There are many reasons for the need and demand for health services to be provided in the home. Our home is our castle, our refuge from the storm. When we are not feeling well we seek the sanctity of our home and there is much scientific evidence that patients heal more quickly at home . . . they sleep better, they eat better, they simply feel better, the sense of freedom and peace you have in your own home cannot be compared to any other setting. Home health has so many benefits. When individuals receive their health care in their own home it helps to keep families together, ensuring ready access and support of loved ones. There is no more important social value than keeping families together, this is especially so during times of illness. In reality home care is the oldest form of health care. Health care has traditionally been given at home throughout the centuries. Modern technology and capabilities have developed to the point where there are very few interventions that our professional home health staff could not provide in the patient’s home. Most health care can be and is actually provided in the home; hospitalization is typically the exception rather than the rule.

Without a doubt illness and injury can increase anxiety and stress. Receiving care at home tends to reduce stress, pressure, and anxiety in many ways. Other settings and forms of health care can cause increased anxiety and stress, increase the risk for infection and the loss of freedom (by necessity institutions are structured, regimented and regulated).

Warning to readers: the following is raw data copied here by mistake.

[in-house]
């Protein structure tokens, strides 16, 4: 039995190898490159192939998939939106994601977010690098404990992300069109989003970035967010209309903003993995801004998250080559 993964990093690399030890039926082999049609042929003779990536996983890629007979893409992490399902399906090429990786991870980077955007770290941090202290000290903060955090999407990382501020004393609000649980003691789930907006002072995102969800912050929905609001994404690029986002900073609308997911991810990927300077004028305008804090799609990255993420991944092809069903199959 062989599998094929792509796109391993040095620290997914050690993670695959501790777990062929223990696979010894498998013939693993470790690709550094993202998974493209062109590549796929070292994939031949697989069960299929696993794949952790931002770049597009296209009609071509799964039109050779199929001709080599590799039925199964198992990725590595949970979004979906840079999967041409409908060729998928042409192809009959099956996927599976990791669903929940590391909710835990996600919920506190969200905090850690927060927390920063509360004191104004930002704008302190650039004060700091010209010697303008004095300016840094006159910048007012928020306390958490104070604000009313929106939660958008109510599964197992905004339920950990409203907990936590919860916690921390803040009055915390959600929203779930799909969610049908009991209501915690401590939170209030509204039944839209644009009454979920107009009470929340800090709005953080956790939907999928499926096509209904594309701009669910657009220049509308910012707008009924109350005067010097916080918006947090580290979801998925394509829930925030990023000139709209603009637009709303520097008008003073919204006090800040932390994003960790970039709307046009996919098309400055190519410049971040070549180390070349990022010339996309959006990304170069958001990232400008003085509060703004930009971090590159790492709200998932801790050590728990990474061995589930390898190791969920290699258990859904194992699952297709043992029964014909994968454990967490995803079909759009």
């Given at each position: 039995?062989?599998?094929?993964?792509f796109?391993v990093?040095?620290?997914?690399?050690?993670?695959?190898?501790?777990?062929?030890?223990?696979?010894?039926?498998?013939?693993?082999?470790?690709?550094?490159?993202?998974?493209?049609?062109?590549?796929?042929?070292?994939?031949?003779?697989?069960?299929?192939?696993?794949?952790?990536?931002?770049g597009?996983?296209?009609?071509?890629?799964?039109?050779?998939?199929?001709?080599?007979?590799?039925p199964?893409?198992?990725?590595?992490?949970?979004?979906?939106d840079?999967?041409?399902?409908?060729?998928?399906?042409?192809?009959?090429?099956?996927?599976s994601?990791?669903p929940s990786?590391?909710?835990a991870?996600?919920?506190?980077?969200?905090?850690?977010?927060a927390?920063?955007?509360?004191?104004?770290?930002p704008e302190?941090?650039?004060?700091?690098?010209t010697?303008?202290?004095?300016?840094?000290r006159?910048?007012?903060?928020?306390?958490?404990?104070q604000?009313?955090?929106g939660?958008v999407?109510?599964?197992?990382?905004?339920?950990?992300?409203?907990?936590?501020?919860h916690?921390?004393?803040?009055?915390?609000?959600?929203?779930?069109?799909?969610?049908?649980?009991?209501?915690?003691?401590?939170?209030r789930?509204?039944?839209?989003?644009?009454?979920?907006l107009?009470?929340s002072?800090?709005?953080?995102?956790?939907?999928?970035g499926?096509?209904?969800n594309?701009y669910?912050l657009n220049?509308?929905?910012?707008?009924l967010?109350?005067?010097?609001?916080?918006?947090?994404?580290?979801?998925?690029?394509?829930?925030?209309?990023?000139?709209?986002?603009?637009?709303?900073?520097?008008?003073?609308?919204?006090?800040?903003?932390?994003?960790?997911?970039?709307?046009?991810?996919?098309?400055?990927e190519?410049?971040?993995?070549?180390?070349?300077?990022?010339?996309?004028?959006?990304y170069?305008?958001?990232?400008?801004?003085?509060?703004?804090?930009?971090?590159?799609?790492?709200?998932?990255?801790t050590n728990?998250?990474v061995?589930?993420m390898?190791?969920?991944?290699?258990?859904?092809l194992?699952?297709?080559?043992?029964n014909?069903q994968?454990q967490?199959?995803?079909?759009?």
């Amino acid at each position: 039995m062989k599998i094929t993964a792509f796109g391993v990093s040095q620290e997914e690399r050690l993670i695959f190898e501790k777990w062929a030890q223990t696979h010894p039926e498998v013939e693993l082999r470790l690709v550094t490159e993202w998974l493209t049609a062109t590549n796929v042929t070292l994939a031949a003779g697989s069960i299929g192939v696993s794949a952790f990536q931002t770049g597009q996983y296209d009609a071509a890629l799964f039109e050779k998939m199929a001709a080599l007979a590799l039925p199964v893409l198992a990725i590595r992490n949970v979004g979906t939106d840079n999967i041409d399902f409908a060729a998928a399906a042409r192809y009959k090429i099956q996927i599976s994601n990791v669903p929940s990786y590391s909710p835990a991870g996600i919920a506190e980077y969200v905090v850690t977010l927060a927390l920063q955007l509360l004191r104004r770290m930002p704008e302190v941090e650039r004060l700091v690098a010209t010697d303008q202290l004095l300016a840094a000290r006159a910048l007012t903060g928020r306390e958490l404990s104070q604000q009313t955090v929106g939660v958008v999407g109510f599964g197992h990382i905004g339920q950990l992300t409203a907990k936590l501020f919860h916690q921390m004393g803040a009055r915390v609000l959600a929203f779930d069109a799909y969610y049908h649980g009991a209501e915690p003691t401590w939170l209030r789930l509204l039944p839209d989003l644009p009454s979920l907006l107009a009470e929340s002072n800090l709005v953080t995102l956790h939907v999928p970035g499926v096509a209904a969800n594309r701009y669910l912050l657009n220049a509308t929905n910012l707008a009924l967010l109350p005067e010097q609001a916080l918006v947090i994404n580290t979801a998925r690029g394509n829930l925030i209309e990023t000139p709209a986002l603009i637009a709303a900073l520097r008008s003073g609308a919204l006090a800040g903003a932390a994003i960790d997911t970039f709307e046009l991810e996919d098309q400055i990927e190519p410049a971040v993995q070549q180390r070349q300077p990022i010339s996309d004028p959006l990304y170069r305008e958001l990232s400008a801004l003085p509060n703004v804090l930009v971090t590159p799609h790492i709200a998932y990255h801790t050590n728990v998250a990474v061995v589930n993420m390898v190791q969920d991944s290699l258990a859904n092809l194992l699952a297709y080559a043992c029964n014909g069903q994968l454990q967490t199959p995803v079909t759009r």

Home care has long been established as the least costly level of care. One study compares care delivered in the home health setting with Skilled Nursing Facilities and Rehabilitation Facility care, and found that home health ranks highest regarding outcomes and cost-effectiveness for patients who have undergone hip or knee replacement. They also cite studies focusing on psychiatric care, chronic obstructive pulmonary disease, and congestive heart failure, and in all instances the utilization of home health care reduced hospitalization, emergency home visits, re-admissions, the cost of care, and in many cases also resulted in significant improvement in functional status for the patient.